A Realist Process Evaluation of Robotic Surgery


The aim of this NIHR funded project is to understand how and in what circumstances robotic surgery produces both intended and unintended outcomes on communication, collaboration and decision making within surgical teams. This will be achieved through a process evaluation, running alongside ROLARR (RObotic versus LAparoscopic Resection for Rectal cancer), a randomised controlled trial (RCT) comparing laparoscopic and robotic rectal cancer surgery for the curative treatment of rectal cancer.

The project has three phases:

  • Phase 1: Identify and refine candidate theories concerning how robotic surgery becomes embedded into surgical practice and impacts on communication, teamwork and decision making in the operating theatre (OT) and the outcomes of surgery. This will be achieved through a review of grey literature, interviews with staff at different levels of the organisation across ten NHS hospital Trusts and documentary analysis.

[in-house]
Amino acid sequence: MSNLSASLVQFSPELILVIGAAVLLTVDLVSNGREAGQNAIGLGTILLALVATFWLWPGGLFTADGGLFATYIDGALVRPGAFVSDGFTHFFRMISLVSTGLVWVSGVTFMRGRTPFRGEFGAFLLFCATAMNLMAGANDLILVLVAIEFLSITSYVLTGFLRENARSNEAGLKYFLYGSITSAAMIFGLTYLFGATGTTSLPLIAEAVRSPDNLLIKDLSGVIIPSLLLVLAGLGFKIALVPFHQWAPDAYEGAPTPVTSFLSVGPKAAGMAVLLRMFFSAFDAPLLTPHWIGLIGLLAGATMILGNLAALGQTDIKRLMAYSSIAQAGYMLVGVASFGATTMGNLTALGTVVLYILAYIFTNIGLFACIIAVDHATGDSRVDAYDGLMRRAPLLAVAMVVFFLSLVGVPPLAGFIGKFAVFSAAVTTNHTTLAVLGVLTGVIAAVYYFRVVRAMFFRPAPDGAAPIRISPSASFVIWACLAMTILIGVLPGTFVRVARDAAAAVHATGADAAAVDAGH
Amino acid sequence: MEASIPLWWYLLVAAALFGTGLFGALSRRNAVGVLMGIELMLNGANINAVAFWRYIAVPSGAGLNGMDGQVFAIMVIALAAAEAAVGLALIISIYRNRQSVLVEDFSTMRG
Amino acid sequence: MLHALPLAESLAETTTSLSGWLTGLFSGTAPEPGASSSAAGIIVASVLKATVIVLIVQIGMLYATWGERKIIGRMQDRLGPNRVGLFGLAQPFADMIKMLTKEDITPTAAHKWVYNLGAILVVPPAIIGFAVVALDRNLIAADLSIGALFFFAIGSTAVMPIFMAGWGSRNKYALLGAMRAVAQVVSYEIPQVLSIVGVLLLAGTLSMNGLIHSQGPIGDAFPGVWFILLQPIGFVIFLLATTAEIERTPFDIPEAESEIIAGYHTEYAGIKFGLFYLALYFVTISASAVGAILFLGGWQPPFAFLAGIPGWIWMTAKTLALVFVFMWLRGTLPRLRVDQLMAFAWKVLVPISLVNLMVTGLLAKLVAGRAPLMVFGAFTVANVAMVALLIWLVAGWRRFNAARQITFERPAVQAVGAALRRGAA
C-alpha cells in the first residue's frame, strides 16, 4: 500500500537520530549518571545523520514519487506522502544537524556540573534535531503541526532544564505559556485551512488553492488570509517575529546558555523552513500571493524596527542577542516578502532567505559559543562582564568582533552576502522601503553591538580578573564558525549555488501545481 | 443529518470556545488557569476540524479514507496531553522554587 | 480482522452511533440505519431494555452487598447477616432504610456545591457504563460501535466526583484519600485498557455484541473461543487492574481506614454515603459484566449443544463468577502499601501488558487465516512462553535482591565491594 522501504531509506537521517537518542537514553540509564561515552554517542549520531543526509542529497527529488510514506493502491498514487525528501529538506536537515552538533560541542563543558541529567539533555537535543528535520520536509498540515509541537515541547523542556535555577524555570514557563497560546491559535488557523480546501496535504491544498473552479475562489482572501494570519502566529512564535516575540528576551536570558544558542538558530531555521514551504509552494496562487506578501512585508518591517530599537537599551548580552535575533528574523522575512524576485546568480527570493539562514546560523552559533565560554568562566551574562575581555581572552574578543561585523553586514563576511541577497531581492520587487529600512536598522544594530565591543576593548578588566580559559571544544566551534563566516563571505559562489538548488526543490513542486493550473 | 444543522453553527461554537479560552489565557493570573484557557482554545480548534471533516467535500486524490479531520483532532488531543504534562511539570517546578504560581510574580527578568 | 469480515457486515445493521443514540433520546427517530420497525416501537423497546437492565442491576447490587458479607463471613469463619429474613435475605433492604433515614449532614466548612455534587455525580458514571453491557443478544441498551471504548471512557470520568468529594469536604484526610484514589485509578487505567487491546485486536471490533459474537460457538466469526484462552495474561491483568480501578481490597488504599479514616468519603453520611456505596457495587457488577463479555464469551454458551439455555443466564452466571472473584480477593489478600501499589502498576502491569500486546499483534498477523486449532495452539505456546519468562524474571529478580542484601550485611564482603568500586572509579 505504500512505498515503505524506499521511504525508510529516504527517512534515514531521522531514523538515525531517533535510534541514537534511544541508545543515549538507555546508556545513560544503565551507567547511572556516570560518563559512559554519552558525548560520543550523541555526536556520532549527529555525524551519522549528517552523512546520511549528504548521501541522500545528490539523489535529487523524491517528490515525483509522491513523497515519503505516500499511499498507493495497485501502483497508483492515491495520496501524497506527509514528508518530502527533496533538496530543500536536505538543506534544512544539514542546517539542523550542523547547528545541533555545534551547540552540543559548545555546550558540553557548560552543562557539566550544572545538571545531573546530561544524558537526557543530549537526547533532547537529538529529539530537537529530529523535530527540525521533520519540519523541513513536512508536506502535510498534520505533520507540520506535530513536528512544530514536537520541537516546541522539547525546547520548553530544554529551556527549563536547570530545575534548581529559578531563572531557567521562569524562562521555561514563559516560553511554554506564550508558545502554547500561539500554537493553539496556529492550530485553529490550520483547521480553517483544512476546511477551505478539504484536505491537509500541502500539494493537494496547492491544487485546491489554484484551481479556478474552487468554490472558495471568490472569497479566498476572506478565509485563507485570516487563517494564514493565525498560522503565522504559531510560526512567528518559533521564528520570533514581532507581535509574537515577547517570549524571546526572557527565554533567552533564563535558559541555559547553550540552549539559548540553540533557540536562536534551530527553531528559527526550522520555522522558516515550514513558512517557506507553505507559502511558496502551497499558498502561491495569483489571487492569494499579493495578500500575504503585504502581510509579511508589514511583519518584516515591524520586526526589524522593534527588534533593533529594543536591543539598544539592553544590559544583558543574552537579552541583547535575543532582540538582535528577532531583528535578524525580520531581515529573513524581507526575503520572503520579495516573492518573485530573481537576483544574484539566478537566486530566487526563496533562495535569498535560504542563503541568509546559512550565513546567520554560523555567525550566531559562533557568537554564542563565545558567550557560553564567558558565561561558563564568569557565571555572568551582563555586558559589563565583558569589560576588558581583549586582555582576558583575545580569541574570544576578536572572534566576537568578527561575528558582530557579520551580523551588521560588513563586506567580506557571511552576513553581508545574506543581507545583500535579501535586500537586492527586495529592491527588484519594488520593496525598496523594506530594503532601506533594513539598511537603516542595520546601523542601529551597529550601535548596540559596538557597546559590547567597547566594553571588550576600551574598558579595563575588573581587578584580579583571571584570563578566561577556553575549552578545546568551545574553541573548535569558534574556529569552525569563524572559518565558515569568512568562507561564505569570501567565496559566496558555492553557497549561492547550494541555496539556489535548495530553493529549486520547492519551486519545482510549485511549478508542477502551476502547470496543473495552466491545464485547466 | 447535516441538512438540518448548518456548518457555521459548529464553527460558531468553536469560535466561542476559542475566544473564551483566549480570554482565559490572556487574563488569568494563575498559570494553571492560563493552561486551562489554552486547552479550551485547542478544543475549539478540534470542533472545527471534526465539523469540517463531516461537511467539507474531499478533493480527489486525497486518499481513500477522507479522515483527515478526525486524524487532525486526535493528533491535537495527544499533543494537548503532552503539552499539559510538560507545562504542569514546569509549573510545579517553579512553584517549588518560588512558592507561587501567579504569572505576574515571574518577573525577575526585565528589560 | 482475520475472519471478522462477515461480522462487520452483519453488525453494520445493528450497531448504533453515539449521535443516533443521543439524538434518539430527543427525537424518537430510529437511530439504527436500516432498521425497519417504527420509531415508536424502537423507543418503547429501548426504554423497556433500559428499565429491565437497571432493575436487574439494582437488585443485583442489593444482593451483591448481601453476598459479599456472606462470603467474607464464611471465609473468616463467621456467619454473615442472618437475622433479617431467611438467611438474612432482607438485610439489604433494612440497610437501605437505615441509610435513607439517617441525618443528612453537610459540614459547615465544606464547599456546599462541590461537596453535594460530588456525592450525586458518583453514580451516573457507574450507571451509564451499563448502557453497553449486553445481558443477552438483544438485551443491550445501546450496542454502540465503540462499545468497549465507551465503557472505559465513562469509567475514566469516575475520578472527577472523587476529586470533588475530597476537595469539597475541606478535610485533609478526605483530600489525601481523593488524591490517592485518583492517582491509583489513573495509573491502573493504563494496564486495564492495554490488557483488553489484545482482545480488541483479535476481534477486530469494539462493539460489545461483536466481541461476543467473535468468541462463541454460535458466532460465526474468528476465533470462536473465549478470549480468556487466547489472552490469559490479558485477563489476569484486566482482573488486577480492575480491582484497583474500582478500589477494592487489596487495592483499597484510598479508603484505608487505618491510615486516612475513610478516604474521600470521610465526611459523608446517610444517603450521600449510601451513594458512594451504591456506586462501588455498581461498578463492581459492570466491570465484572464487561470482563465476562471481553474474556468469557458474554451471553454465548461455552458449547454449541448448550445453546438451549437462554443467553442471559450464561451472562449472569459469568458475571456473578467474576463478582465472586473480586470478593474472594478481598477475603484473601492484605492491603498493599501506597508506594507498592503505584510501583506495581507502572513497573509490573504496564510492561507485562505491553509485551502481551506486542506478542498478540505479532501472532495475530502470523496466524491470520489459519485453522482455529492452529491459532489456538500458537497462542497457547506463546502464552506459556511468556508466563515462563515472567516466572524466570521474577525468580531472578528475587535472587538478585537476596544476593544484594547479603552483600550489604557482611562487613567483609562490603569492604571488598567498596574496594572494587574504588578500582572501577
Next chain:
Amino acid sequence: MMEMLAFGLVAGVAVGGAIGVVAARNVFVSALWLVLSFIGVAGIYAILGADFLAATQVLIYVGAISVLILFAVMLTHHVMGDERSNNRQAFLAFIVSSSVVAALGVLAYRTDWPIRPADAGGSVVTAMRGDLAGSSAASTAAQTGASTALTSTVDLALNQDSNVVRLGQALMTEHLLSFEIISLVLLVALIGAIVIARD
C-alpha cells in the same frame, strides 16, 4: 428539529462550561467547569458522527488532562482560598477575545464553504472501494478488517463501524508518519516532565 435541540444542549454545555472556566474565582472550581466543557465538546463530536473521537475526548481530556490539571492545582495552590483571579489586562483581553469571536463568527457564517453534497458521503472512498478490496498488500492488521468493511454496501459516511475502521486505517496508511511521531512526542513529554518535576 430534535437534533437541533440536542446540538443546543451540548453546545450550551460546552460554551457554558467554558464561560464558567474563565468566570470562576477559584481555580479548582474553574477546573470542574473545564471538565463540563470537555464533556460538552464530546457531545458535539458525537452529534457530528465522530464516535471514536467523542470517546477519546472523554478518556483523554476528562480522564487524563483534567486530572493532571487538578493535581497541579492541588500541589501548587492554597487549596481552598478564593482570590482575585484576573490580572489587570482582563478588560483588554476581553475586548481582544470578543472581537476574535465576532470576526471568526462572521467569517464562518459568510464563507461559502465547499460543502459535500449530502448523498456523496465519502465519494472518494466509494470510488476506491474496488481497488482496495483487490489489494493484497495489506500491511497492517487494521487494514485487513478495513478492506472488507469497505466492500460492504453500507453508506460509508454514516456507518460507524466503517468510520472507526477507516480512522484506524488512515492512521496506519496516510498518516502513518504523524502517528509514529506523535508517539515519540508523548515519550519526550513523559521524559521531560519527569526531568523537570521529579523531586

• Phase 2: A multi-site case study will be conducted across four NHS hospital Trusts (three that are participating in the trial and one that is not) to test and refine the candidate theories. Data will be collected using multiple methods including video recording of operations, structured and unstructured observation, and interviews.
  • Phase 3: Findings will be fed back to all four case sites in interactive sessions to produce actionable guidance on how to support integration of robotic surgery into surgical practice and how to ensure effective communication and teamwork when undertaking robotic surgery.

The project team: Rebecca Randell, Joanne Greenhalgh, David Jayne, John Hindmarsh, Dawn Dowding, Peter Gardner, Alwyn Kotze, Alan Pearman, Julie Croft, David Wilkinson, Andrew Long, Andrea Nelson, Gerard Perez